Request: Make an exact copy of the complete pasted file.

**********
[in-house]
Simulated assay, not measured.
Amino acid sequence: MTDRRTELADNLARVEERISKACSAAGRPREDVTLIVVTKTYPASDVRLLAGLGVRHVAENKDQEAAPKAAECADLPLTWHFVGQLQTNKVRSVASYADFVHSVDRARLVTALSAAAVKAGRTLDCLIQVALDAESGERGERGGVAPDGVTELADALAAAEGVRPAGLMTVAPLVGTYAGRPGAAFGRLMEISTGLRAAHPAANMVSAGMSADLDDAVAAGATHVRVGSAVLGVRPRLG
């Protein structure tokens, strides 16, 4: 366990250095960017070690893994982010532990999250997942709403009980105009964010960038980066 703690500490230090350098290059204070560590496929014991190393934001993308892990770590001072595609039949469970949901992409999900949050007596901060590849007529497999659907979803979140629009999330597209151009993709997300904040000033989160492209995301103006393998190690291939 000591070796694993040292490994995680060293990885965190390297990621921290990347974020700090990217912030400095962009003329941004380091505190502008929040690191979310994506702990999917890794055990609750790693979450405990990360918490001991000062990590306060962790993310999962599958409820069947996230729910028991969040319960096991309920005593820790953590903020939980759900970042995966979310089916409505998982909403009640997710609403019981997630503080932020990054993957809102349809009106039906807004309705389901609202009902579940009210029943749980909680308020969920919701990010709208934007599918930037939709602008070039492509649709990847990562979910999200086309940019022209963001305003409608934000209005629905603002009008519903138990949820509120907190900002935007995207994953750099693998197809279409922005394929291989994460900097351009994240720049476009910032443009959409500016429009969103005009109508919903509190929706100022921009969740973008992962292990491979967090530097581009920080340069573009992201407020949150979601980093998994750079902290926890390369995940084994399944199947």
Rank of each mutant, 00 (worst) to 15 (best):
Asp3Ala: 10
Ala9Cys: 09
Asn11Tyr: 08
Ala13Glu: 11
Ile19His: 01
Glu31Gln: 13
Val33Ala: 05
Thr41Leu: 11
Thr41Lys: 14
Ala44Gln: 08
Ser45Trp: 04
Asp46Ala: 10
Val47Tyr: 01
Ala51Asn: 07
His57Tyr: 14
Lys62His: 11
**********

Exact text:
[in-house]
Simulated assay, not measured.
Amino acid sequence: MTDRRTELADNLARVEERISKACSAAGRPREDVTLIVVTKTYPASDVRLLAGLGVRHVAENKDQEAAPKAAECADLPLTWHFVGQLQTNKVRSVASYADFVHSVDRARLVTALSAAAVKAGRTLDCLIQVALDAESGERGERGGVAPDGVTELADALAAAEGVRPAGLMTVAPLVGTYAGRPGAAFGRLMEISTGLRAAHPAANMVSAGMSADLDDAVAAGATHVRVGSAVLGVRPRLG
């Protein structure tokens, strides 16, 4: 366990250095960017070690893994982010532990999250997942709403009980105009964010960038980066 703690500490230090350098290059204070560590496929014991190393934001993308892990770590001072595609039949469970949901992409999900949050007596901060590849007529497999659907979803979140629009999330597209151009993709997300904040000033989160492209995301103006393998190690291939 000591070796694993040292490994995680060293990885965190390297990621921290990347974020700090990217912030400095962009003329941004380091505190502008929040690191979310994506702990999917890794055990609750790693979450405990990360918490001991000062990590306060962790993310999962599958409820069947996230729910028991969040319960096991309920005593820790953590903020939980759900970042995966979310089916409505998982909403009640997710609403019981997630503080932020990054993957809102349809009106039906807004309705389901609202009902579940009210029943749980909680308020969920919701990010709208934007599918930037939709602008070039492509649709990847990562979910999200086309940019022209963001305003409608934000209005629905603002009008519903138990949820509120907190900002935007995207994953750099693998197809279409922005394929291989994460900097351009994240720049476009910032443009959409500016429009969103005009109508919903509190929706100022921009969740973008992962292990491979967090530097581009920080340069573009992201407020949150979601980093998994750079902290926890390369995940084994399944199947």
Rank of each mutant, 00 (worst) to 15 (best):
Asp3Ala: 10
Ala9Cys: 09
Asn11Tyr: 08
Ala13Glu: 11
Ile19His: 01
Glu31Gln: 13
Val33Ala: 05
Thr41Leu: 11
Thr41Lys: 14
Ala44Gln: 08
Ser45Trp: 04
Asp46Ala: 10
Val47Tyr: 01
Ala51Asn: 07
His57Tyr: 14
Lys62His: 11